Ownership is one of the most powerful skills we can learn for ourselves, but ownership is a mindset and is not easy to adopt. I developed this skill during high school football, primarily from my head coach, who taught both Joseph and me a lot of the skills and habits that we teach our students. At that point, I already thought my ownership mentality was pretty advanced relative to my peers. But Coach Dilley showed us an unbelievable level of ownership that can transform the way you approach everything in life- football, yes, but also school, your career, your relationships, and yourself.
What exactly do I mean by ownership? I think of ownership as the concept of taking responsibility for decisions, actions and outcomes. There are varying degrees of ownership, ranging from how fiercely you take responsibility for your life, all the way to how fiercely you take responsibility over the lives of others. That is one of the reasons why I love team sports (and football especially) so much. My team sports (and great coaches) taught me that everything I do impacts my teammates, and that no matter if it is a great or a disappointing outcome, I should always ask myself, "what could I have done better to improve this outcome?"
This mentality is difficult to adopt because it goes against our natural instincts, which are to take ownership when things go well, but to deflect ownership to others when things do not go well. A great example of this was a game my sophomore year, when I played tight end and got wide open in the end zone. As I turned to call for the ball, the quarterback found me and threw a pass my way. Unfortunately, the pass was high and sailed over my outstretched arms. I was frustrated that the quarterback had missed me as I ran to the sidelines. I jumped for the ball so I felt like I had done my part. One of my coaches came up to me soon after, and I was expecting him to say, "great route" or "we'll run that play again because you were so open." Instead, he talked to me about how I could have used better technique on my turn to be ready to jump higher. I was shocked initially, thinking that I had done what I was supposed to do. But as I thought more about it, he was right. Even if the pass was still too high in the end, I should be asking myself, "did I do everything in my power to help the quarterback complete the pass?" The answer was no, and that moment has stuck with me ever since. The rest of my high school football career, I worked hard to adopt a level of extreme ownership, going as far sometimes as, "how could I have pushed my teammate better during practice so that he would have been ready to make that tackle in the game?" or "did I encourage my teammates enough after they made mistakes during the game?" Football was so critical for adopting this kind of ownership because it taught me to no longer just take ownership over decisions, actions, and outcomes I could obviously or directly trace back to myself. Football taught me that (a) everything I do impacts my teammates, (b) the key was doing what was in my control to positively impact the team, and (c) I need to constantly broaden my perspective of what was actually "in my control."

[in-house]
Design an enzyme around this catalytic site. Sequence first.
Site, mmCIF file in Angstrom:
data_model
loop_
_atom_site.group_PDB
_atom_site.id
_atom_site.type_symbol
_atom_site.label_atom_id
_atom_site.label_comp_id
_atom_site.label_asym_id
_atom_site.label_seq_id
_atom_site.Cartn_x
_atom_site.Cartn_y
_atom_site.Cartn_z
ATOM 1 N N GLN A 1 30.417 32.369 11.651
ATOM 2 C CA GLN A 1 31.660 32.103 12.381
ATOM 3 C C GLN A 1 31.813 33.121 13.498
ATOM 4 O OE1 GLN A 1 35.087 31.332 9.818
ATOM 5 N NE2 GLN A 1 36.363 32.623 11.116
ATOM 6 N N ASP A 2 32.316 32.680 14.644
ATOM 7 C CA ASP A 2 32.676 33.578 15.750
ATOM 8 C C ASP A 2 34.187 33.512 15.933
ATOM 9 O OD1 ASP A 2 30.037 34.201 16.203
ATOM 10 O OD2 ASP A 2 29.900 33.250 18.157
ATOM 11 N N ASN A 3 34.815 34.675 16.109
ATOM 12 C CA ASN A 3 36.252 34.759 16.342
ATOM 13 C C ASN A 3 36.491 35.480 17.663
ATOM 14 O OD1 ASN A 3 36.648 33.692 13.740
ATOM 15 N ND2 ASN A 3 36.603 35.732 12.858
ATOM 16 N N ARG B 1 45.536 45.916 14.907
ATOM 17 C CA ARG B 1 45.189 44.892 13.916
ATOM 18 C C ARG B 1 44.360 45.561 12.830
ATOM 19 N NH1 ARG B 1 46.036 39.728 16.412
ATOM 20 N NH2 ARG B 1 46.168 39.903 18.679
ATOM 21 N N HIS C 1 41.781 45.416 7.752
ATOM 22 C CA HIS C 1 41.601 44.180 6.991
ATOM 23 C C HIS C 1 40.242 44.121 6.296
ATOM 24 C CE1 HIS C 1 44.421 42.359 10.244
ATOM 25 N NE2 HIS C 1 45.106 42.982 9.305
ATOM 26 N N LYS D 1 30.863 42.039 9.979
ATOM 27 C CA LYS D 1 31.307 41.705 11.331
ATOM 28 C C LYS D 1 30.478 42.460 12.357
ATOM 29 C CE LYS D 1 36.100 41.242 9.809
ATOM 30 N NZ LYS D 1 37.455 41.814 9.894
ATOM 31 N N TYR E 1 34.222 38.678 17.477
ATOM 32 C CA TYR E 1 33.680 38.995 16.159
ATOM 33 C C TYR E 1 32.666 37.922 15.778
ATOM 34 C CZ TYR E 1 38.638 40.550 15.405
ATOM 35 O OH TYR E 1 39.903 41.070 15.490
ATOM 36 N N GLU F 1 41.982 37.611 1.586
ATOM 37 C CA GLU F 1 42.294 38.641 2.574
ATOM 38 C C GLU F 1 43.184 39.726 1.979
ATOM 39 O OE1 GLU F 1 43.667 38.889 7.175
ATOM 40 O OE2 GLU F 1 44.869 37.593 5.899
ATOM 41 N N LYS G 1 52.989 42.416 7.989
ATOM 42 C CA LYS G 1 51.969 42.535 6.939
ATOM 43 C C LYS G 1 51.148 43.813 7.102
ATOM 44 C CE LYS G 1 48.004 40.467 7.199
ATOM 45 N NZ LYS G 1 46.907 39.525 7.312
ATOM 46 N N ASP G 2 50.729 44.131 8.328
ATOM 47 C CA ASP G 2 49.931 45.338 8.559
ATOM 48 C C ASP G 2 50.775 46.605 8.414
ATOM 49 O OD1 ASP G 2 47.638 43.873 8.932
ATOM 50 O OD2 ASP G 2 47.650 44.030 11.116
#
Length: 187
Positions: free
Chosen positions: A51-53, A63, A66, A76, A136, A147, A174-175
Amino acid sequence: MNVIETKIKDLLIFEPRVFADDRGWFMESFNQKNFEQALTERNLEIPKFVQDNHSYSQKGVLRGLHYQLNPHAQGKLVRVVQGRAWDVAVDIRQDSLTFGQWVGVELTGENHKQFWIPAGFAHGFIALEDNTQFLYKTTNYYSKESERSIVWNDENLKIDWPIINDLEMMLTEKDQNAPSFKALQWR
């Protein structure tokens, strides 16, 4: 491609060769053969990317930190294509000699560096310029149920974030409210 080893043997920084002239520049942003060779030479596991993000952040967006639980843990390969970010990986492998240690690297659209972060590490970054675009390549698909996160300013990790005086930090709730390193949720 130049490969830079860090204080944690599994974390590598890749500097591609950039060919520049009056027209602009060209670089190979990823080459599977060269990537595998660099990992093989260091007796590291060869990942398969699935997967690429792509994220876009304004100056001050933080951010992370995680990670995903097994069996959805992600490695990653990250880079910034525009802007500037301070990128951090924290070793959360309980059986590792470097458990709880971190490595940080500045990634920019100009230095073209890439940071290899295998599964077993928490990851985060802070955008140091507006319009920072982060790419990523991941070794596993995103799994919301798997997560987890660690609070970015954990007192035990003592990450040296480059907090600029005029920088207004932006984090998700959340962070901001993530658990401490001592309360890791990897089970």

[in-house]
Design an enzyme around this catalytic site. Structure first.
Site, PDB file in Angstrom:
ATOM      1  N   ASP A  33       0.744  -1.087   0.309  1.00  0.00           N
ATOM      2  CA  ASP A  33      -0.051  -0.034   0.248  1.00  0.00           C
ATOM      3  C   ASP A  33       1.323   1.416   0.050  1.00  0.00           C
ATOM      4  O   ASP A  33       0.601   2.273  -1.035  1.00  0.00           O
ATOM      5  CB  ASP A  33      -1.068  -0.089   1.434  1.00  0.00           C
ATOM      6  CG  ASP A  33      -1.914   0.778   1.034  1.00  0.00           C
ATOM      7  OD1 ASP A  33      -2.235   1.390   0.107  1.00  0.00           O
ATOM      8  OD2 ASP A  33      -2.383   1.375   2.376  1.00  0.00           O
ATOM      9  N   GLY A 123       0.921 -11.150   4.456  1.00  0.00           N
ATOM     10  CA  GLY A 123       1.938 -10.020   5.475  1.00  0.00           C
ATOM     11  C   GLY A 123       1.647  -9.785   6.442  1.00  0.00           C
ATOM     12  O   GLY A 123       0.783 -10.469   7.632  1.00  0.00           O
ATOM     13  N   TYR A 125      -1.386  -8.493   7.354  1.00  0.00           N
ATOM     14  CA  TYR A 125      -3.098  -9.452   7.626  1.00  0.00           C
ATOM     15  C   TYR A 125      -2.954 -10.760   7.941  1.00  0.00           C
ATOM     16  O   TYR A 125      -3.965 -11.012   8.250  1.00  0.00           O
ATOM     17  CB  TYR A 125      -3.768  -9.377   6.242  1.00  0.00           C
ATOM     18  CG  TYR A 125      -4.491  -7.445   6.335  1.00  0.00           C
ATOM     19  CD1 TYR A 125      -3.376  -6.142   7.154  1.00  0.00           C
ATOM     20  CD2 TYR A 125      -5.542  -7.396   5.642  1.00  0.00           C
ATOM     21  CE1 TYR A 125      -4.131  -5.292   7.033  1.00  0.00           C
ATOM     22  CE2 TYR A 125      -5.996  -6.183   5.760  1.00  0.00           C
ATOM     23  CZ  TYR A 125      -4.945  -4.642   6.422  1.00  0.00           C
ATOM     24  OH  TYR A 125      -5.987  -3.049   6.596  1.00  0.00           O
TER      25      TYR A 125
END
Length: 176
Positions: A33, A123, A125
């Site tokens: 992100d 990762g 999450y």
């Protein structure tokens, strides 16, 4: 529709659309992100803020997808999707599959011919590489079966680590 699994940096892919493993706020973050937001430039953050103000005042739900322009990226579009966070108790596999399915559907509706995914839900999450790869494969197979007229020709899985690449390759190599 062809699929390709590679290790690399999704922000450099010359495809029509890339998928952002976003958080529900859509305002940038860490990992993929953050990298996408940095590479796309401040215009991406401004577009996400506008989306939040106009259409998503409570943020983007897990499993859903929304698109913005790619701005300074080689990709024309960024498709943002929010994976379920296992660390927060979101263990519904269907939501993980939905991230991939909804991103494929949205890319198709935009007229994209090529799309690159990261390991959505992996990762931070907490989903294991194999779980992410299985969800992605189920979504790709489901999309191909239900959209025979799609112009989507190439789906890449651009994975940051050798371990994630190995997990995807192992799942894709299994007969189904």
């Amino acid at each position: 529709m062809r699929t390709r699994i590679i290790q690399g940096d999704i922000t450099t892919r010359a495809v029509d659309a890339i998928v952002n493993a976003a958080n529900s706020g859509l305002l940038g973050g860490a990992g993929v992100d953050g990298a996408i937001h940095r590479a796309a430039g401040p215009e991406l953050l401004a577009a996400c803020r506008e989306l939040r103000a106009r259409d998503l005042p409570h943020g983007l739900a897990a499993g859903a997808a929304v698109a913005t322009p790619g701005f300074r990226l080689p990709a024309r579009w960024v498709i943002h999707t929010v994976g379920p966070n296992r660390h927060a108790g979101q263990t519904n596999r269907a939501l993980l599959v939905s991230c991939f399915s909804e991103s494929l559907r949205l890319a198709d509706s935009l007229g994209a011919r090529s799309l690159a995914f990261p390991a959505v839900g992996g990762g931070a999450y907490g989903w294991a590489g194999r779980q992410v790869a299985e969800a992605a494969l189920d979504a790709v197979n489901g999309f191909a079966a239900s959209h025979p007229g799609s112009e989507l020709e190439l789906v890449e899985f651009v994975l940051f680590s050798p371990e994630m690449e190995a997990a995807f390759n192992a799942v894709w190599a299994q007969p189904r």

Having this mentality has been and will continue to be one of my greatest strengths. And strong ownership can be a transformational mentality for you, too. When you stop blaming external factors for your problems, including other people and anything else that is out of your control, and start taking ownership for your decisions, actions, and outcomes, then you instantly place yourself on another trajectory. This level of ownership is a fundamental piece of the growth mindset, and as a result the the skills you can develop and the goals you can accomplish become limitless.
The next time you hear yourself, either out loud or in your head, placing blame on someone else for a decision, action, or outcome, stop yourself. Whenever this happens, always ask yourself:
- What could I have done to improve the situation?
- Did I do absolutely everything in my power to positively impact this decision, action, or outcome?
As we often say, your attitude and your effort are completely and 100% within your control. Use this to your advantage, in conjunction with your new level of ownership, and see what happens...
Did you enjoy this post? How can you improve the level of ownership you take in your life? Let us know in the comments!
Want to read more about ownership and the growth mindset? Read our post about the Global Learning XPRIZE and following your passion.